Readers’ Corner: What’s All the Fuss About the New IRS Rules?

February 18, 2014

IRSA reader asks: Why doesn’t ANH-USA just change its tax status in order to preserve its right to speak out? Action Alert!

Since we first broached the subject of the IRS’s new rules concerning 501(c)4 nonprofits like ANH-USA, many of our readers have offered comments and suggestions. One recently asked why we don’t change our organizational form:

Clearly some of ANH’s activity is political, so just like my local non-profit, they should have to form a separate non-profit for the political activity, which is not tax exempt. It is reasonable and just [to ask this], so why the whining and claiming persecution?

We thought we would share our response to this reader:

We are guessing, based on your remarks, that the local nonprofit you refer to is a 501(c)3 organization under the IRS code and that it set up a 501(c)4 organization, because a (c)4 is allowed to engage in more political activity. A (c)4 organization is a nonprofit and thus is called tax-exempt, but gifts to it are not tax deductible as they would be for a (c)3.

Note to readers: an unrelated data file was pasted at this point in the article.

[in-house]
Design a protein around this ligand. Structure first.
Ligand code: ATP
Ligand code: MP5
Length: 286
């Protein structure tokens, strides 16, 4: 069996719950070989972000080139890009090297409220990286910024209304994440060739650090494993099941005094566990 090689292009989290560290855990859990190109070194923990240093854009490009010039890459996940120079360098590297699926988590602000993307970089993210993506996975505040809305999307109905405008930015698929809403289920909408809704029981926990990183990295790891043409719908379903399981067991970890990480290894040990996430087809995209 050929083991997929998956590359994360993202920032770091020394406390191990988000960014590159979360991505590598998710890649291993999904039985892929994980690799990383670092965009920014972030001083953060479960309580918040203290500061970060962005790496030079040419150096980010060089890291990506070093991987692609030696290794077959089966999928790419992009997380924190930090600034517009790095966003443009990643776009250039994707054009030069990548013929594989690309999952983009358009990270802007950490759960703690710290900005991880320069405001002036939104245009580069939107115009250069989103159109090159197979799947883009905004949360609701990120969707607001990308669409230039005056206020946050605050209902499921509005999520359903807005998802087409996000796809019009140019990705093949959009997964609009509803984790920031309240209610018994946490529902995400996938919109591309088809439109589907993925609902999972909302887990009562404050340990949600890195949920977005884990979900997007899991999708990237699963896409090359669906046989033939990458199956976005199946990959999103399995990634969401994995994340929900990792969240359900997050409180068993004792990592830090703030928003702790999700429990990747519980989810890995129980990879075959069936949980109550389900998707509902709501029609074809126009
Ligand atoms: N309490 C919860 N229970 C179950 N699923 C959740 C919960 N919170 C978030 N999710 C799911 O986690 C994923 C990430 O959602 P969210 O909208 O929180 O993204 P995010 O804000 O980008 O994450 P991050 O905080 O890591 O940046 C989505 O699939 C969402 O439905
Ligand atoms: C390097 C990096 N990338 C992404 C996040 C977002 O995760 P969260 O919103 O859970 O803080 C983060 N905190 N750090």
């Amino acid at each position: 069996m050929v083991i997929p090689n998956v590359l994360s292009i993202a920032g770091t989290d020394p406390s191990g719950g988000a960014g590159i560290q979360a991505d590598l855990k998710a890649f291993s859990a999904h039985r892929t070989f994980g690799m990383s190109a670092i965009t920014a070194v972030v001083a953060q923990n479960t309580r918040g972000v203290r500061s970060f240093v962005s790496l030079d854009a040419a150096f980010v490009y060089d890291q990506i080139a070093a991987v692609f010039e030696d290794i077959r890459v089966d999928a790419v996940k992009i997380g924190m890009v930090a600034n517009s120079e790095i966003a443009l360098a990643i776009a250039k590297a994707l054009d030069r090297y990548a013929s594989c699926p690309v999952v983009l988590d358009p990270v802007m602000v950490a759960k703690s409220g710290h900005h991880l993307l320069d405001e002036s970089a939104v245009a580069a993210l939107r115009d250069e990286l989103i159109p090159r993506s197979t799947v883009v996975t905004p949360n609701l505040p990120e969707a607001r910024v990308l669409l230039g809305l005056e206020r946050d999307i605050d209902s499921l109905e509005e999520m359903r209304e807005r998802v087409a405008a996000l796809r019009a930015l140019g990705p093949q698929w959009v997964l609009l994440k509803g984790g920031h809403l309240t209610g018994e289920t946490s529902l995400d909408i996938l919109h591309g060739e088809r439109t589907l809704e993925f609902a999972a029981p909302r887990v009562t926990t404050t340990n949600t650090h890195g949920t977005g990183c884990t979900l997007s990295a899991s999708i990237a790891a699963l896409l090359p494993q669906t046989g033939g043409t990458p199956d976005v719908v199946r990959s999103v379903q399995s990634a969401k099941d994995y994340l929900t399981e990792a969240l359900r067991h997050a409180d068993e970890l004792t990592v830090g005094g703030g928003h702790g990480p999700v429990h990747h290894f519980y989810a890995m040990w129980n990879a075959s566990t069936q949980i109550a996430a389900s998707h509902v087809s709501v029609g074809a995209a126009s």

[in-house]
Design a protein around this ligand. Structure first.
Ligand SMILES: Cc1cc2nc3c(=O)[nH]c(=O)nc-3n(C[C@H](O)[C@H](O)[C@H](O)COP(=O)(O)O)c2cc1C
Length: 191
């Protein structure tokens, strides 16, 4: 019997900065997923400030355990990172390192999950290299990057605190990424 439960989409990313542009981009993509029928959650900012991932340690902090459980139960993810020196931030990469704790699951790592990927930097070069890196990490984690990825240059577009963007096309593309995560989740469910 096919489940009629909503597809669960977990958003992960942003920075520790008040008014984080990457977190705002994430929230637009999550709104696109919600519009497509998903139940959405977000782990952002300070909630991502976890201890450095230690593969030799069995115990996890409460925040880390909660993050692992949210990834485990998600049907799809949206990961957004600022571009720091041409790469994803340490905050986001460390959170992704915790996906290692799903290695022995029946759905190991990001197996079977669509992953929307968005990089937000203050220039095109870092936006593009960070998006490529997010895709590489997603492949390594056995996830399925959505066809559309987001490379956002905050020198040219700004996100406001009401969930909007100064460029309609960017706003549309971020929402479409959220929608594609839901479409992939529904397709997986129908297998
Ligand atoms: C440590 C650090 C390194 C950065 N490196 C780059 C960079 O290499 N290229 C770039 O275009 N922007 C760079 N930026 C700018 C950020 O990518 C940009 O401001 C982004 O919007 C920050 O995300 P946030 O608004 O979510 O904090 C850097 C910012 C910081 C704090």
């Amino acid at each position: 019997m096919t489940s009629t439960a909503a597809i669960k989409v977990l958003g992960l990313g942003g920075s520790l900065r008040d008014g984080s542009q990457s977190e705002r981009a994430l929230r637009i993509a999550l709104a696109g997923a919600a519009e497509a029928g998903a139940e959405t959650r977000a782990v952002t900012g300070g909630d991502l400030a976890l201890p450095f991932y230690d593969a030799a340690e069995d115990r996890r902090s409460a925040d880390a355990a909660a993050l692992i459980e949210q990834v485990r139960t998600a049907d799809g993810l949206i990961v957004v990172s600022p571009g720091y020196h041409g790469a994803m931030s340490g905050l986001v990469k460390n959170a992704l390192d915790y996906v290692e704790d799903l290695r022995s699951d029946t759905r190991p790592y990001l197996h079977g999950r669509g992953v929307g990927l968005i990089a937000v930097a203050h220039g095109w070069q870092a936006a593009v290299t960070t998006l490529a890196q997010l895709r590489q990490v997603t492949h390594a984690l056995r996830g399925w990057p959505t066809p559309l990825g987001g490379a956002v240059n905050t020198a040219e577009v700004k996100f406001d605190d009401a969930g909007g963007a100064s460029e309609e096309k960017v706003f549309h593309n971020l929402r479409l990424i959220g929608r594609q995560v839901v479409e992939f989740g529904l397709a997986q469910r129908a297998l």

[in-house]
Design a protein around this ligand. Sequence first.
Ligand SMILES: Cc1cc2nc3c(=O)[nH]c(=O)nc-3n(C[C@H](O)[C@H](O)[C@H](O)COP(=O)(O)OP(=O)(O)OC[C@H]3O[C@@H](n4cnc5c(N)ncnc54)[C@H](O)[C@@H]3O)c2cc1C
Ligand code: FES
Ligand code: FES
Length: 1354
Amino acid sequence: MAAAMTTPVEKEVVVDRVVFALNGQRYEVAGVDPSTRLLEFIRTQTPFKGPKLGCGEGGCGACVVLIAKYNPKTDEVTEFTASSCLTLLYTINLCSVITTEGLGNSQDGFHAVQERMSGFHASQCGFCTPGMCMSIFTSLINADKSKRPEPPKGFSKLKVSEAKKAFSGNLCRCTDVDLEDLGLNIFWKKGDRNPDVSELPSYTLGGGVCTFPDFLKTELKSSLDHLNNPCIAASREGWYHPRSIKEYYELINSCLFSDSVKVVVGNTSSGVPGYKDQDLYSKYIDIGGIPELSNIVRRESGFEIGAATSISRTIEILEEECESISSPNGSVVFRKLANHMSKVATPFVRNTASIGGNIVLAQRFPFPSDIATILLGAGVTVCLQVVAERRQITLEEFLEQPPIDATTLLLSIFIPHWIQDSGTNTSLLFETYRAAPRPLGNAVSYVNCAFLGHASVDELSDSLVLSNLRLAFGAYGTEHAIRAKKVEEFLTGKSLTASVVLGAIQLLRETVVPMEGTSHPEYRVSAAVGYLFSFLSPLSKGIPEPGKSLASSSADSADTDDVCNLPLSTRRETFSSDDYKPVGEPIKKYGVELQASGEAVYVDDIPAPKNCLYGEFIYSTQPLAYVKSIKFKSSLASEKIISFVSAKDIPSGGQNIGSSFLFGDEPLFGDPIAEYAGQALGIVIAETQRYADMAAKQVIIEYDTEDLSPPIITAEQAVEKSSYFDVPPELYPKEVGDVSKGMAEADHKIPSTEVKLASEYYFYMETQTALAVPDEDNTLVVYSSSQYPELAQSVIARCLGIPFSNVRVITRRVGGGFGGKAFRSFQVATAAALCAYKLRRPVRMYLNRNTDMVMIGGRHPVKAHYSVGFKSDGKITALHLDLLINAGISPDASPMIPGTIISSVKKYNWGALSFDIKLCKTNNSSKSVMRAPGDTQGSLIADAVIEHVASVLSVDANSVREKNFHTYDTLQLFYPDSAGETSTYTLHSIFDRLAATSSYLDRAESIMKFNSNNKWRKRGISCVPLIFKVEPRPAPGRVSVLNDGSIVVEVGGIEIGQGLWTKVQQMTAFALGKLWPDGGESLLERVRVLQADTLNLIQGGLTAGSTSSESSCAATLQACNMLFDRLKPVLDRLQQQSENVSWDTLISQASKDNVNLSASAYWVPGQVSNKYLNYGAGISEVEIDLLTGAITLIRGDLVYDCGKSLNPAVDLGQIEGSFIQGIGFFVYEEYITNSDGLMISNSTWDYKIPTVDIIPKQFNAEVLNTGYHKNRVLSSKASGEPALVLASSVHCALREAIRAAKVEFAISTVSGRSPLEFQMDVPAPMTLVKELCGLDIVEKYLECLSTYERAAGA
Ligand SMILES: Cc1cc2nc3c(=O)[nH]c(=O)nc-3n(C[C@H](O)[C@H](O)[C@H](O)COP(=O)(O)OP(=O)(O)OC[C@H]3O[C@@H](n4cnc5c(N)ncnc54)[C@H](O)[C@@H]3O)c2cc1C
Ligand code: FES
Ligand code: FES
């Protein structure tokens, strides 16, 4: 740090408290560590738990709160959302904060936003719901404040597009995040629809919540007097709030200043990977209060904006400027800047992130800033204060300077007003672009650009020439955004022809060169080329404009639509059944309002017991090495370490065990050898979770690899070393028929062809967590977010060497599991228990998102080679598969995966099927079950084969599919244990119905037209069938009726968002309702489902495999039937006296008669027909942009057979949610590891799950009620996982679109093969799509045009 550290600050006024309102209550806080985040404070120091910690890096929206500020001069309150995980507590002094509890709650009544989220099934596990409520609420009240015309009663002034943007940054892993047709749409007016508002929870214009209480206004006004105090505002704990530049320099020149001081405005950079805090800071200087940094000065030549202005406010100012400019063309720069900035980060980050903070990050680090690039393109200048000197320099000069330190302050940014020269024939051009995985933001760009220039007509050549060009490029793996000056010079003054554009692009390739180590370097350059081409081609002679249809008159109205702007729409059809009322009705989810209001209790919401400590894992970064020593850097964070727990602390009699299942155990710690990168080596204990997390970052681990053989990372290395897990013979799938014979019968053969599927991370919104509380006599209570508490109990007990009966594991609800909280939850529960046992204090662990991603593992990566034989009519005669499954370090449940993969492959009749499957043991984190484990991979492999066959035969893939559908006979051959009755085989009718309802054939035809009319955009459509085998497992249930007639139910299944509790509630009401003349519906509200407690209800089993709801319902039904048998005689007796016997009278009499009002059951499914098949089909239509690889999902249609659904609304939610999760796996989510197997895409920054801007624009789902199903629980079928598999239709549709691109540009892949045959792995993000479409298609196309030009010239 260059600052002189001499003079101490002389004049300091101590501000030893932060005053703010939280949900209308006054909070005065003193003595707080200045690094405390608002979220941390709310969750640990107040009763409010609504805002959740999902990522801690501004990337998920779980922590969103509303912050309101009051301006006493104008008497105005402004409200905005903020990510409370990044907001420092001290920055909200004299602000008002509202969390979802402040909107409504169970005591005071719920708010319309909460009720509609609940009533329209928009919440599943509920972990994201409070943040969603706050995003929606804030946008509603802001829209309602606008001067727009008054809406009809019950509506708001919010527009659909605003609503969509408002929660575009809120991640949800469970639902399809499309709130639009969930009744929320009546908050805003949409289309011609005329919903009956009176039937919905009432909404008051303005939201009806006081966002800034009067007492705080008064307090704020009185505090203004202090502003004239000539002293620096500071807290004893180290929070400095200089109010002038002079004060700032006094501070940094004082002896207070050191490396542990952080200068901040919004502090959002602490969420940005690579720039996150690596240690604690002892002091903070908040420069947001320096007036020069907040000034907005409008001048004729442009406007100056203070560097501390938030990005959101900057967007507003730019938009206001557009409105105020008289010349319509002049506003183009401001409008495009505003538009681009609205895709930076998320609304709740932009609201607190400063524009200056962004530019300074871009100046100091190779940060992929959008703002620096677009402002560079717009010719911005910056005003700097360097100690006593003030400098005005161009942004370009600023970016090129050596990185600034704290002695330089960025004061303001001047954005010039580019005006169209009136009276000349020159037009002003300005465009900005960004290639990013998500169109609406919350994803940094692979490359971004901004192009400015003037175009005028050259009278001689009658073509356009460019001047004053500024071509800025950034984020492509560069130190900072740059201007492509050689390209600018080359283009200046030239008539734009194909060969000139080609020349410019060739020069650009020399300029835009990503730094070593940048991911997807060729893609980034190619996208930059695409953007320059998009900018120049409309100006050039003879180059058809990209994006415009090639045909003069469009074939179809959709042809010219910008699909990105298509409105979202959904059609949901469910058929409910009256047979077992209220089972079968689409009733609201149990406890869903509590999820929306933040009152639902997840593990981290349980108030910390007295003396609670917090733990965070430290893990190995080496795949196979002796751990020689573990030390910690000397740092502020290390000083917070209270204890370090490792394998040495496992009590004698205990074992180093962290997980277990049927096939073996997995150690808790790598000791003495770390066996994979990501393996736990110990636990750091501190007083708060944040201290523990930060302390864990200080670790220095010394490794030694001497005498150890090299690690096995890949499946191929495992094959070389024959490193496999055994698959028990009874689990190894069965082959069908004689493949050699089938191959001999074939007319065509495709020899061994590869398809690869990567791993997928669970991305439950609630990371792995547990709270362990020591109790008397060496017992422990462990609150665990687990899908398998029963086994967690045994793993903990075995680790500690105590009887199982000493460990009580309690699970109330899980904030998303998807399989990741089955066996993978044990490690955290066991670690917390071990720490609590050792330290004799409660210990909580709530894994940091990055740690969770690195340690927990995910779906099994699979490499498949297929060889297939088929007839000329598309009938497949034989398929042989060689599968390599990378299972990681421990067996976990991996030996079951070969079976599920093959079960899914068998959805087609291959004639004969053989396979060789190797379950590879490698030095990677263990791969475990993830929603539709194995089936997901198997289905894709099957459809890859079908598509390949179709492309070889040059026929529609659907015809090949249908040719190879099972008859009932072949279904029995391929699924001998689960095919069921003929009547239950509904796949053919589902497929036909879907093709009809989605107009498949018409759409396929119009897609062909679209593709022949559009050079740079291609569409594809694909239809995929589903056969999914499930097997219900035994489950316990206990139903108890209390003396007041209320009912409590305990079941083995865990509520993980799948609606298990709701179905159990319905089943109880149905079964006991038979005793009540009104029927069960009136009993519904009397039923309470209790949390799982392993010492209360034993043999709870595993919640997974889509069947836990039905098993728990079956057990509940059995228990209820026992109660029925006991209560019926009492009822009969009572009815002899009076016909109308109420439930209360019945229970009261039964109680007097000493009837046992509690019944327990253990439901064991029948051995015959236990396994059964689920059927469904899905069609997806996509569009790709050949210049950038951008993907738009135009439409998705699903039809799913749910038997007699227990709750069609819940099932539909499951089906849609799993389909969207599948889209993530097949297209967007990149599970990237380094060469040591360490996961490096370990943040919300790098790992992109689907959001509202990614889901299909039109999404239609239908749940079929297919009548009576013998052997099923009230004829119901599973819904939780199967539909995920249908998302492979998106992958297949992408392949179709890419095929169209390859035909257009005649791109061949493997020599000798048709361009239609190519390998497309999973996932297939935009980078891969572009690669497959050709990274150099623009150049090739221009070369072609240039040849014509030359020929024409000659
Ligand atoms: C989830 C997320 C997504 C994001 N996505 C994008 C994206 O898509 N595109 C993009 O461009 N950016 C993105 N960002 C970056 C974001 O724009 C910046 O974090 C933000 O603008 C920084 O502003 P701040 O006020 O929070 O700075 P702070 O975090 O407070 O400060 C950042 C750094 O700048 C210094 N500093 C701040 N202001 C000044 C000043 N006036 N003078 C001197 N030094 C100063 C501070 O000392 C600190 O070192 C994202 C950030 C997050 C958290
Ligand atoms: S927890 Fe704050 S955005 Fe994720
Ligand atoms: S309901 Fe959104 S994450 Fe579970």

Please note that ANH-USA is already a (c)4, not a (c)3. So we have previously done what you suggest we should do now. Unless you suggest we become a for-profit (which would violate our mission and still keep us under IRS supervision), our only viable option is remain a (c)4.

Meanwhile we do not think that the IRS should be telling a (c)4, which by law is allowed to engage in political activity, that it cannot even mention the name of a legislator even if he or she has just filed a new bill. Nor should the IRS put in gag rules about what a (c)4 can say about regulators or regulatory agencies. US law has specifically exempted discussion of regulation and regulatory actions or appointments from political lobbying law. There is a good reason for that. Regulation is supposed to be done outside the context of partisan politics. Making the IRS into a political speech cop and interfering with free speech about regulation are really bad ideas and also violate our constitutional rights.